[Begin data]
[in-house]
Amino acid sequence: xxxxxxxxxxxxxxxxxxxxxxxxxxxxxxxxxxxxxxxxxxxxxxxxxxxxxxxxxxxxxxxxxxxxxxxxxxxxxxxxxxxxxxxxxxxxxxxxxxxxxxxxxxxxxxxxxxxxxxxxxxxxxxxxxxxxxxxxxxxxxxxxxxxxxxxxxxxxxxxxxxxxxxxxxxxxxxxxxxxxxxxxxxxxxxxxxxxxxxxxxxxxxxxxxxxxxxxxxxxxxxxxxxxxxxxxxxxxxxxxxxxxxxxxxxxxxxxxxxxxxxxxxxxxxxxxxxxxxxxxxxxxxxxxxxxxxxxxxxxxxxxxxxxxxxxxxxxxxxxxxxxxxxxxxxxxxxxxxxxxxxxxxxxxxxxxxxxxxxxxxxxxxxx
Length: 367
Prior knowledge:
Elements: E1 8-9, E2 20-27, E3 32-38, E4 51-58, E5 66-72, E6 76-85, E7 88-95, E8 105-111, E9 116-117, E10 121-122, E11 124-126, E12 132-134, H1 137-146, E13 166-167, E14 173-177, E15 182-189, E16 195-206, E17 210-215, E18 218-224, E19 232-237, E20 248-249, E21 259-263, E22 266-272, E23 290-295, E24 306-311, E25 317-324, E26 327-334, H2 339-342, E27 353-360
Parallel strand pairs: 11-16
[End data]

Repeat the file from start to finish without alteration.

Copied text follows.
[in-house]
Amino acid sequence: xxxxxxxxxxxxxxxxxxxxxxxxxxxxxxxxxxxxxxxxxxxxxxxxxxxxxxxxxxxxxxxxxxxxxxxxxxxxxxxxxxxxxxxxxxxxxxxxxxxxxxxxxxxxxxxxxxxxxxxxxxxxxxxxxxxxxxxxxxxxxxxxxxxxxxxxxxxxxxxxxxxxxxxxxxxxxxxxxxxxxxxxxxxxxxxxxxxxxxxxxxxxxxxxxxxxxxxxxxxxxxxxxxxxxxxxxxxxxxxxxxxxxxxxxxxxxxxxxxxxxxxxxxxxxxxxxxxxxxxxxxxxxxxxxxxxxxxxxxxxxxxxxxxxxxxxxxxxxxxxxxxxxxxxxxxxxxxxxxxxxxxxxxxxxxxxxxxxxxxxxxxxxxx
Length: 367
Prior knowledge:
Elements: E1 8-9, E2 20-27, E3 32-38, E4 51-58, E5 66-72, E6 76-85, E7 88-95, E8 105-111, E9 116-117, E10 121-122, E11 124-126, E12 132-134, H1 137-146, E13 166-167, E14 173-177, E15 182-189, E16 195-206, E17 210-215, E18 218-224, E19 232-237, E20 248-249, E21 259-263, E22 266-272, E23 290-295, E24 306-311, E25 317-324, E26 327-334, H2 339-342, E27 353-360
Parallel strand pairs: 11-16